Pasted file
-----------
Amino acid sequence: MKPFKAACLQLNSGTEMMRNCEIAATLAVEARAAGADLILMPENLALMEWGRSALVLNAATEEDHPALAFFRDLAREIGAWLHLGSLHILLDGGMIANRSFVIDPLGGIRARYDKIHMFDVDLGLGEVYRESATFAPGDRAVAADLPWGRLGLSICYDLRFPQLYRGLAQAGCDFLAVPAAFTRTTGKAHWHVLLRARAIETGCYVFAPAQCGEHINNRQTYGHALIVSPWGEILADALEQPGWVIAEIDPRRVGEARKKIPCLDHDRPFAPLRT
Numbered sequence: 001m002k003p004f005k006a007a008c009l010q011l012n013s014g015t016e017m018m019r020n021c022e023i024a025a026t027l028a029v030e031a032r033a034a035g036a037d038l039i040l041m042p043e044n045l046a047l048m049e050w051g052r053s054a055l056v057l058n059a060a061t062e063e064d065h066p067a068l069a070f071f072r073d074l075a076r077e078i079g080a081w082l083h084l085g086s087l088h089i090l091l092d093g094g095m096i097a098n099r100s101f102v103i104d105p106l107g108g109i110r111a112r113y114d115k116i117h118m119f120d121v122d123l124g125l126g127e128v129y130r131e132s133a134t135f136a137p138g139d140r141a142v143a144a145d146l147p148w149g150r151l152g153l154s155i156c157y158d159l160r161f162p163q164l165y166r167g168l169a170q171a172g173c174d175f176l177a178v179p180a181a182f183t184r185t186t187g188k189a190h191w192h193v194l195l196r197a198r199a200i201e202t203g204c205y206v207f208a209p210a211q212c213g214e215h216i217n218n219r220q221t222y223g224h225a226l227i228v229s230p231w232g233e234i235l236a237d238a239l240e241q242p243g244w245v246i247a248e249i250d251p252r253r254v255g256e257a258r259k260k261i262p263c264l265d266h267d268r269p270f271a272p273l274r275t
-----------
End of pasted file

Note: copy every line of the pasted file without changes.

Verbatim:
Amino acid sequence: MKPFKAACLQLNSGTEMMRNCEIAATLAVEARAAGADLILMPENLALMEWGRSALVLNAATEEDHPALAFFRDLAREIGAWLHLGSLHILLDGGMIANRSFVIDPLGGIRARYDKIHMFDVDLGLGEVYRESATFAPGDRAVAADLPWGRLGLSICYDLRFPQLYRGLAQAGCDFLAVPAAFTRTTGKAHWHVLLRARAIETGCYVFAPAQCGEHINNRQTYGHALIVSPWGEILADALEQPGWVIAEIDPRRVGEARKKIPCLDHDRPFAPLRT
Numbered sequence: 001m002k003p004f005k006a007a008c009l010q011l012n013s014g015t016e017m018m019r020n021c022e023i024a025a026t027l028a029v030e031a032r033a034a035g036a037d038l039i040l041m042p043e044n045l046a047l048m049e050w051g052r053s054a055l056v057l058n059a060a061t062e063e064d065h066p067a068l069a070f071f072r073d074l075a076r077e078i079g080a081w082l083h084l085g086s087l088h089i090l091l092d093g094g095m096i097a098n099r100s101f102v103i104d105p106l107g108g109i110r111a112r113y114d115k116i117h118m119f120d121v122d123l124g125l126g127e128v129y130r131e132s133a134t135f136a137p138g139d140r141a142v143a144a145d146l147p148w149g150r151l152g153l154s155i156c157y158d159l160r161f162p163q164l165y166r167g168l169a170q171a172g173c174d175f176l177a178v179p180a181a182f183t184r185t186t187g188k189a190h191w192h193v194l195l196r197a198r199a200i201e202t203g204c205y206v207f208a209p210a211q212c213g214e215h216i217n218n219r220q221t222y223g224h225a226l227i228v229s230p231w232g233e234i235l236a237d238a239l240e241q242p243g244w245v246i247a248e249i250d251p252r253r254v255g256e257a258r259k260k261i262p263c264l265d266h267d268r269p270f271a272p273l274r275t